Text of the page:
How to install PowerMTA v5 on CentOS 7

Step-by-step instructions to install and configure PowerMTA v5 with IP rotation on CentOS 7

The enterprise grade software PowerMTA is built especially for high-volume email marketers. MailChimp is a popular company that utilizes PowerMTA for their business. PowerMTA comes with many useful features for bulk email sending. This tutorial will show you how to install PowerMTA v5 on CentOS 7 VPS.

This is a part of our perfect bulk email server setup tutorial. Make sure you read and follow prior instructions before continuing with this tutorial. In summary, we will be configuring your additional IPs and installing PowerMTA. Let’s get started.

Pepare CentOS 7 Server for PowerMTA

Your VPS provider should have sent you an email with VPS login credentials by now. You need to use those credentials and connect to your servers’ SSH terminal. If you haven’t done that before, take your time and watch the video on Connect to Linux VPS over SSH tutorial. Learn and connect to your server over SSH.

If you’re connected to your server with username centos, you need to execute the following command to change to root user account.

				
					sudo -i
				
			

If you’re logged in with the username root, you can ignore the above command. So, as the root user, let’s install some required softwares first.

				
					yum -y install gdb perl wget unzip nano git
				
			

Do a quick update with the two commands below,

				
					yum update
yum upgrade
				
			

Next, we’ll disable postfix on the server. I found that most providers deliver their servers with either Postfix or Exim pre-installed. This software is going to cause us problems in the future. So, let’s disable them.

				
					systemctl disable postfix.service
systemctl disable exim.service
				
			

That’s it for server preparation. Let’s move to the next step.

Configure Additional IPs on CentOS 7

Additional IPs are an important part of a PowerMTA installation. Each IP will act as a Virtual MTA. The more IPs you have the more emails you can send out per hour. But before PowerMTA, your OS should be aware of these IPs. That’s what we’re going to do here. We’ll configure PowerMTA to use these IPs in a later step.

So, for example, let’s say I’m configuring 3 additional IPs for my server. Let’s say the IPs I got from my VPS provider are the following,

				
					175.45.56.103
175.45.56.104
175.45.56.105
				
			

Now to configure these I have to create 3 files inside network-scripts directory. The first file I’m going to create is ifcfg-eth0:1. The following command will open a blank file.

				
					nano /etc/sysconfig/network-scripts/ifcfg-eth0:1
				
			

Now I’ll paste the following content and save the file.

				
					DEVICE=eth0:1
BOOTPROTO=static
ONBOOT=yes
IPADDR=175.45.56.103
NETMASK=255.255.255.0
				
			

Note the DEVICE and IPADDR lines. This adds IP address 175.45.56.103 as eth0:1 to the system. Next, I’ll add 175.45.56.104 as eth0:2. I’ll open a blank file named eth0:2 with the following command,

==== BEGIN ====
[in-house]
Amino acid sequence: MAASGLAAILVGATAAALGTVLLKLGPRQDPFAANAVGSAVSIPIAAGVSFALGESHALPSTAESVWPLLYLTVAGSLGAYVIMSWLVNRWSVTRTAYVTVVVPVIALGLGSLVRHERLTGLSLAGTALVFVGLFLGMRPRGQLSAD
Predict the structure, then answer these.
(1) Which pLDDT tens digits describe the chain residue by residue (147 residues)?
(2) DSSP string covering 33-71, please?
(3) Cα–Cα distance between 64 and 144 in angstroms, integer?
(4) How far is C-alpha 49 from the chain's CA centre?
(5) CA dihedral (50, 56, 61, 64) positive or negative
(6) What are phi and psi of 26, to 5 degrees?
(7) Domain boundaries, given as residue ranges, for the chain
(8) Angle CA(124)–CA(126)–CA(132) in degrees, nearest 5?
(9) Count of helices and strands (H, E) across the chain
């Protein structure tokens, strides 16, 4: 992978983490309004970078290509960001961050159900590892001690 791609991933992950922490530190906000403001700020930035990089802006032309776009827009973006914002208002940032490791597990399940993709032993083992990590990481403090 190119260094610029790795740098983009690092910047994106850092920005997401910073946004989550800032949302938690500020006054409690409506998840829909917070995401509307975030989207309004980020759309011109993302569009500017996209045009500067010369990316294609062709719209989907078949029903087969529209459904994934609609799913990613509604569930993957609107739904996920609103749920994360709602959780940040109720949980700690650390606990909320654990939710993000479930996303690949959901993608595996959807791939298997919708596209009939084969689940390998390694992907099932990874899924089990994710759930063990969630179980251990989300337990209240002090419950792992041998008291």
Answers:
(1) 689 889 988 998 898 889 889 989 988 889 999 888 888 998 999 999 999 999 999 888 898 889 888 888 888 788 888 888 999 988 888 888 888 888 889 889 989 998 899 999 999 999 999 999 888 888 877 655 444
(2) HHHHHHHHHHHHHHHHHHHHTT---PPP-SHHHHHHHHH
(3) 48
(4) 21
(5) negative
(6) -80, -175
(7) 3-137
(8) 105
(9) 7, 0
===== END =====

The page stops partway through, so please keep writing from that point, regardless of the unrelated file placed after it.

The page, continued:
nano /etc/sysconfig/network-scripts/ifcfg-eth0:2
				
			

And paste the following content,

				
					DEVICE=eth0:2
BOOTPROTO=static
ONBOOT=yes
IPADDR=175.45.56.104
NETMASK=255.255.255.0
				
			

I’ve only changed DEVICE and IPADDR lines. And likewise, I can add 175.45.56.105 to the system by creating a file named eth0:3 and pasting following content and changing only the DEVICE and IPADDR lines accordingly.

				
					DEVICE=eth0:3
BOOTPROTO=static
ONBOOT=yes
IPADDR=175.45.56.105
NETMASK=255.255.255.0
				
			

I think you will get the idea. You need to do this for each additional IP you add to your system. Once you’ve created all the files, restart the network service for changes to take effect with the following command.

				
					service network restart
				
			

If that goes okay, let’s do a server reboot as well.

				
					reboot
				
			

You’ll be disconnected while the server is rebooting. Wait a few minutes and log back in for the next step. And remember to change to root user account if you’re login in with centos user account.

Install PowerMTA v5 on CentOS 7

I’m going to assume you already have SMTP.zip saved on your computer. Start by uploading it to /opt directory of your CentOS 7 server. You can use FileZilla to upload files to your server.

Next, log back in to your server using Putty and navigate to /opt directory.

				
					cd /opt
				
			

Extract the SMTP.zip file,

				
					unzip SMTP.zip
				
			

The zip file contains a directory named SMTPFix5r1 inside. Navigate to it with the following command,

				
					cd SMTPFix5r1
				
			

There will be an installation script inside this folder. Let’s make it executable.

				
					chmod +x install.sh
				
			

Finally run the installation script with the following command.

				
					./install.sh
				
			

This will install PowerMTA v5 on your CentOS server. Next, you need to configure PowerMTA to use multiple IPs and your domain before you can start using it.

Tharindu

Hey!! I'm Tharindu. I'm from Sri Lanka. I'm a part time freelancer and this is my blog where I write about everything I think might be useful to readers. If you read a tutorial here and want to hire me, contact me here.

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